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Printing Plastic Transistors


Murray Hill, N.J. (March, 1998) -- "Think plastics," was the career advice given to the young hero of the movie, "The Graduate." Prophetic advice, as researchers today are looking at carbon-based compounds for new and simpler ways to make integrated circuits, often called "organic" or "plastic" transistors.

Bell Labs researchers have been in the lead in this effort, having successfully investigated P-type compounds that have electron mobilities as high as 0.1, which is the mobility that can be achieved by amorphous silicon semiconductors, and work is also proceeding apace on the N-type side of the ledger.

Hopefully, research into organic transistors may lead to new uses of these promising devices, such as new generations of smart cards, toys, appliances, and many other things that might not be physically or commercially viable using today's silicon-based technology. The work continues at Bell Labs.

They won't supplant silicon devices...but they could offer some interesting new options.

Carbon-based semiconductors

Bell Laboratories researchers are studying carbon-based compounds - popularly called plastic or organic transistors - to make integrated circuits that may someday complement silicon-based devices in special applications.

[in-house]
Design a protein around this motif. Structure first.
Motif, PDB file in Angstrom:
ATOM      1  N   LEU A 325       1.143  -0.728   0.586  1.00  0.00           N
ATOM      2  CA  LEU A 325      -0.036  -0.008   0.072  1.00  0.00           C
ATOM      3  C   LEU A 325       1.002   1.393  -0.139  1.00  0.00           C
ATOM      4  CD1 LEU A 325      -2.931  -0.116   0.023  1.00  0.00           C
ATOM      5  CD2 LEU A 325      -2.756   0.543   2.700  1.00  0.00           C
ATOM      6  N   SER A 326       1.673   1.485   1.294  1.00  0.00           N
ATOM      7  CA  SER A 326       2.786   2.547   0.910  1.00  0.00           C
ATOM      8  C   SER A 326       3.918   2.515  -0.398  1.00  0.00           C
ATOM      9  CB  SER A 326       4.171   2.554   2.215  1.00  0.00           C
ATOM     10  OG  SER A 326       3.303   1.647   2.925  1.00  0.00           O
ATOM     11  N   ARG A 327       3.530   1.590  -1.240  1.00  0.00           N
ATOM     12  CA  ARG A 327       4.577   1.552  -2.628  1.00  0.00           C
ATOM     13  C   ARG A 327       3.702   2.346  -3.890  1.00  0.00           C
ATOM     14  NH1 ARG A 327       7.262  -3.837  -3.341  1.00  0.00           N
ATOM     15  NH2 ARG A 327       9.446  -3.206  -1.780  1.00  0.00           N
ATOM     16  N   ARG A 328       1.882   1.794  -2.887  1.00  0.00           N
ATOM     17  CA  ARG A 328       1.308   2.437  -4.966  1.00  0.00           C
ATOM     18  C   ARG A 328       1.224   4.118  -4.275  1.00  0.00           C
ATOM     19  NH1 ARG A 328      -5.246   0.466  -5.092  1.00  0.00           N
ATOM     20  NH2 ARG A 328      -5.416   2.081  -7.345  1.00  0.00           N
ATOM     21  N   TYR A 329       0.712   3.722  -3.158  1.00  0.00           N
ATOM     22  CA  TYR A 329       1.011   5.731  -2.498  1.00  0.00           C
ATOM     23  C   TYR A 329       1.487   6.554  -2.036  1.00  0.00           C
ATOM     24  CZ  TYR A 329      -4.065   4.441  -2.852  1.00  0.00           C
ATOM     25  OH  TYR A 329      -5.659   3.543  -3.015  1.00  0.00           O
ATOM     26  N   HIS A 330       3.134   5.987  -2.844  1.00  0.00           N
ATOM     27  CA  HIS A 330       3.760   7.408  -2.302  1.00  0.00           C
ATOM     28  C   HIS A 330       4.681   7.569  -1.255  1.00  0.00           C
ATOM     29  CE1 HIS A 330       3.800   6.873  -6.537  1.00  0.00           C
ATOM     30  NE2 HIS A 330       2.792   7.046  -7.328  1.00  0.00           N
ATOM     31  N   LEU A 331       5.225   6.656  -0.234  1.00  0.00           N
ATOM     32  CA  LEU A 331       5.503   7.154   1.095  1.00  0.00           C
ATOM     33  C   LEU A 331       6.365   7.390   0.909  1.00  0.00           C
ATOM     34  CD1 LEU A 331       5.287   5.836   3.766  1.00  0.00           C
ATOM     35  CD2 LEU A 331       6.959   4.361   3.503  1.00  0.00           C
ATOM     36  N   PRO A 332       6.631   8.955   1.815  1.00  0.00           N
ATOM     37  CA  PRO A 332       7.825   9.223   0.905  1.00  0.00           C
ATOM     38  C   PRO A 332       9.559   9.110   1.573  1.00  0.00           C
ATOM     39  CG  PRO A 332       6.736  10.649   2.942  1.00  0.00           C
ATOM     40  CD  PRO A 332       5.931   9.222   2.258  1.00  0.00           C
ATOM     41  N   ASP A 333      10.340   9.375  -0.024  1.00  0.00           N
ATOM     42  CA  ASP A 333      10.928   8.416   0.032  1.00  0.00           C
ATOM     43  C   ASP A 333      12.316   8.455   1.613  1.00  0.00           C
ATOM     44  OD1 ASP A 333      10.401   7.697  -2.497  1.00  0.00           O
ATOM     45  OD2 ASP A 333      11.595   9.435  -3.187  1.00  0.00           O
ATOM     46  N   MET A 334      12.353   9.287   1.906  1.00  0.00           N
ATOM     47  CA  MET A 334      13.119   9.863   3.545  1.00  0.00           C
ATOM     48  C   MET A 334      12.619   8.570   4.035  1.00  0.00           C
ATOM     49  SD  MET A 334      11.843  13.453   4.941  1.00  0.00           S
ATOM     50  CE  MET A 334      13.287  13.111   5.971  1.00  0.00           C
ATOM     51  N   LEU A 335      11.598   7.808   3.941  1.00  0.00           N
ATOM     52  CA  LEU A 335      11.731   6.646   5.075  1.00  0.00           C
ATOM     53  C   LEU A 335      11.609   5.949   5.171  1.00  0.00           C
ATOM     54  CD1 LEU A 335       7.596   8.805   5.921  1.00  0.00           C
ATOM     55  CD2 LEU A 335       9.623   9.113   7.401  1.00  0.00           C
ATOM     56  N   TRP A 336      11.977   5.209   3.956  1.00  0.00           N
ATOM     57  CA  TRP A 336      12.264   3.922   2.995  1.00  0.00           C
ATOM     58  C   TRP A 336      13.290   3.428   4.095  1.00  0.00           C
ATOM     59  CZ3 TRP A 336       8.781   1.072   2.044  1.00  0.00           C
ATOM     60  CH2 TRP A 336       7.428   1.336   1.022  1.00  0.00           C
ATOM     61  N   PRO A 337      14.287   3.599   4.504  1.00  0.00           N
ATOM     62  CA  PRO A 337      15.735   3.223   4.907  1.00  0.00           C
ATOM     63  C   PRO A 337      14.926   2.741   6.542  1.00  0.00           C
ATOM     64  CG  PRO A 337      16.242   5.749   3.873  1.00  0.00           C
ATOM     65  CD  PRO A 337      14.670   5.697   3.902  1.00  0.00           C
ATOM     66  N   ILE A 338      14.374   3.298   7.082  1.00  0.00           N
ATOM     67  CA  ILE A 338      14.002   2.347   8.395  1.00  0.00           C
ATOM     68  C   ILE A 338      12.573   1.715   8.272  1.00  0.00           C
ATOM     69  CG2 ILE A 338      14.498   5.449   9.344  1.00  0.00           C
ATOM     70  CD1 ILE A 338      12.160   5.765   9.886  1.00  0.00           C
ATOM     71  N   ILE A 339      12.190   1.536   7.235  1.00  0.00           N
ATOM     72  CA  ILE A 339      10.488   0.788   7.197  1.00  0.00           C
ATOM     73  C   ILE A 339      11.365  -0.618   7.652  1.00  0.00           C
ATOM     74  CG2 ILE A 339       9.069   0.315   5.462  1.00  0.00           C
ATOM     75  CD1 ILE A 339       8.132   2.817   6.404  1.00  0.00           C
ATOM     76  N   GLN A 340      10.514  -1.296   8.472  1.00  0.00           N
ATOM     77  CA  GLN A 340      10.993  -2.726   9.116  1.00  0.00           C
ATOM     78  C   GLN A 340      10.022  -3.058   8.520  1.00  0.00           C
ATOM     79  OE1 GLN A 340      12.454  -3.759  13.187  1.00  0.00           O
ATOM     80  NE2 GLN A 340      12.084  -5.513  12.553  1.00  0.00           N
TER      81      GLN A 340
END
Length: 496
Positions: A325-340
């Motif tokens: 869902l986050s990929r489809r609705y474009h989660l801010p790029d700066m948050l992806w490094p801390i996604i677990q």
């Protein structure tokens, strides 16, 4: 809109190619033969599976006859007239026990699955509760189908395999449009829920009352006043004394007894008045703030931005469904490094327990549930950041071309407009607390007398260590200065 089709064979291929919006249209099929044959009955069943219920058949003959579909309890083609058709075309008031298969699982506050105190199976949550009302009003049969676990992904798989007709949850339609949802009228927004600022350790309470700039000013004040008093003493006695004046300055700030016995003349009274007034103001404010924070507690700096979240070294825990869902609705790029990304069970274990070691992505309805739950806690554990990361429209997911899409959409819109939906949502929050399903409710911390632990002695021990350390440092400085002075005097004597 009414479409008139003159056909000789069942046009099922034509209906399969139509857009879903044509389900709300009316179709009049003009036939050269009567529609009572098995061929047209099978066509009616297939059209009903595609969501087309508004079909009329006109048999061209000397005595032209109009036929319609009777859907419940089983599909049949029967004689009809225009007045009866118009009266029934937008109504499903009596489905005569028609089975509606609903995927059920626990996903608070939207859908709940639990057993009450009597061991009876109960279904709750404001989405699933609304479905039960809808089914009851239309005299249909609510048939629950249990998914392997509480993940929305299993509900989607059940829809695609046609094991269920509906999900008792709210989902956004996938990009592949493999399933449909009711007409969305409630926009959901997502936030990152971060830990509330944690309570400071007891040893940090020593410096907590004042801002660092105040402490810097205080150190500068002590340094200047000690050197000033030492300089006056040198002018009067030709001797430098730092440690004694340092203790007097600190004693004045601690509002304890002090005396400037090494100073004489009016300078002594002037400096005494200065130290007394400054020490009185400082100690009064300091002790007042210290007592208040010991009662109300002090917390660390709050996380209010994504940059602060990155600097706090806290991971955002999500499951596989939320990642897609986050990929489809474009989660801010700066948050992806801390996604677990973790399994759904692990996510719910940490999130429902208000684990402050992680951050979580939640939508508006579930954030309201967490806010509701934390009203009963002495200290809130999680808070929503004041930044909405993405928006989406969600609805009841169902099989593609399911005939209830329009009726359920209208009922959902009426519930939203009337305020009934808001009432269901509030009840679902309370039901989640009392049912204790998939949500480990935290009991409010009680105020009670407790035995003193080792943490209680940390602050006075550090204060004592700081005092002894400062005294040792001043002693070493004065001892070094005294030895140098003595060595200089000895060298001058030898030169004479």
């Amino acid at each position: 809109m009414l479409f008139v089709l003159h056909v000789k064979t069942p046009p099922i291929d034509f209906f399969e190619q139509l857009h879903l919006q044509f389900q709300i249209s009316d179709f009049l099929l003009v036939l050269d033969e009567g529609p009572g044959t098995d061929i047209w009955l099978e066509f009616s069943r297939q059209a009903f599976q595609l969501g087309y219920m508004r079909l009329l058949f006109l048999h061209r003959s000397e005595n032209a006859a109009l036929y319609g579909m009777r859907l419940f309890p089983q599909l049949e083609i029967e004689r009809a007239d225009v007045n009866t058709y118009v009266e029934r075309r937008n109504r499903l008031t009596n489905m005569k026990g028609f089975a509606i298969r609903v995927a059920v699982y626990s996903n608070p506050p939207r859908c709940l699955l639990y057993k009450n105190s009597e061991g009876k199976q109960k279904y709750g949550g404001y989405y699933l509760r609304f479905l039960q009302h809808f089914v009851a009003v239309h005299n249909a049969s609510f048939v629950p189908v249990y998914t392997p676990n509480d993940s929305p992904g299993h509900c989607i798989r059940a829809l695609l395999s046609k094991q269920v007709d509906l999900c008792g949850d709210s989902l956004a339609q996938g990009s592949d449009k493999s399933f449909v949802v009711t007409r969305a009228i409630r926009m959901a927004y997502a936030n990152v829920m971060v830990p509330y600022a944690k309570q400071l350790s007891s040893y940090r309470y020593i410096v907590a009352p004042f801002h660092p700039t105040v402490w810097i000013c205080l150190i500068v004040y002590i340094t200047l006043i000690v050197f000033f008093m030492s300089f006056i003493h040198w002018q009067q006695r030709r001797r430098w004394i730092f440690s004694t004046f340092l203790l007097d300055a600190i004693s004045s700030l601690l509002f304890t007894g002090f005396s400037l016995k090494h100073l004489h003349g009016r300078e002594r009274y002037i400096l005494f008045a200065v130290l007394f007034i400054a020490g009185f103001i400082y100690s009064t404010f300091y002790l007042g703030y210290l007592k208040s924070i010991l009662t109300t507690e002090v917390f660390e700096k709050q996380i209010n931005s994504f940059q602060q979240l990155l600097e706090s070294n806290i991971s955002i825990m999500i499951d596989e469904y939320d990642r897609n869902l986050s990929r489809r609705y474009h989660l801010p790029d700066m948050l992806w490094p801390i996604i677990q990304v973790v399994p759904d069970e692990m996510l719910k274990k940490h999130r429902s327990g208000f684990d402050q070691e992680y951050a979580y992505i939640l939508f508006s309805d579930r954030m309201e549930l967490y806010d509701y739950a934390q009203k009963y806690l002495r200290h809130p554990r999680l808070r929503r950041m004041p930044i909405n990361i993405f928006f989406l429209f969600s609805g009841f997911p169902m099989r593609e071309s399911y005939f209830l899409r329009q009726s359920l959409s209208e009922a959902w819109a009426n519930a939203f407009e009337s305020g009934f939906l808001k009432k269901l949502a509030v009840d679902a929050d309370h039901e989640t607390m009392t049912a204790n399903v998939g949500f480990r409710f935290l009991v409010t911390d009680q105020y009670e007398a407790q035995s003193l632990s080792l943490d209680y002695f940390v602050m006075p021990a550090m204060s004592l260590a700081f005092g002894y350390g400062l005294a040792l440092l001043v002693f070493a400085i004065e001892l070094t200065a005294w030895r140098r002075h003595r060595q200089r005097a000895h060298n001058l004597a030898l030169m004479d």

Dick Slusher, head of Bell Labs Optical Physics Research, one of the departments in which the organic transistors are being created, admits, "This is very long range stuff that we're talking about," Slusher says. "It's not that we have targeted a market of $50 billion to enter within the next five years. This is research which might open a market in the five-to-twenty-year time frame."

The purpose of this technology is not to replace conventional semiconductor chips used in computers, but rather to compete with, and even go beyond, amorphous silicon technology currently found in displays.

A Variety of Uses

What could organic transistors be used for? Lightweight and flexible plastic chips could usher in new generations of smart cards, toys, appliances, and many other things that might not be physically or commercially viable using today's silicon-based technology.

Some speculate about low-cost transistor-impregnated attire, which could be used for everything from ticket-less checkouts at retail stores to monitoring personnel at high-security installations.

The possibilities are endless. In addition to being highly flexible and lightweight, plastic transistors hold the promise of tremendously reducing production costs.

Printing Transistors

To create traditional amorphous silicon devices, circuit patterns are defined on glass sheets using expensive lithographic, vacuum deposition, and etching techniques. A typically device consists of four layers. The first is a gate metal. Then comes a gate insulator, an active semiconductor, and finally source and drain electrodes.

This plastic substrate contains some 2,400 organic transistors, each about 1/4 millimeter long and as wide as a human hair.

"In creating plastic transistors, we use a layering structure quite similar to that used with amorphous silicon, but the methods by which the layers are formed are much less expensive," notes Ananth Dodabalapur, one of the researchers.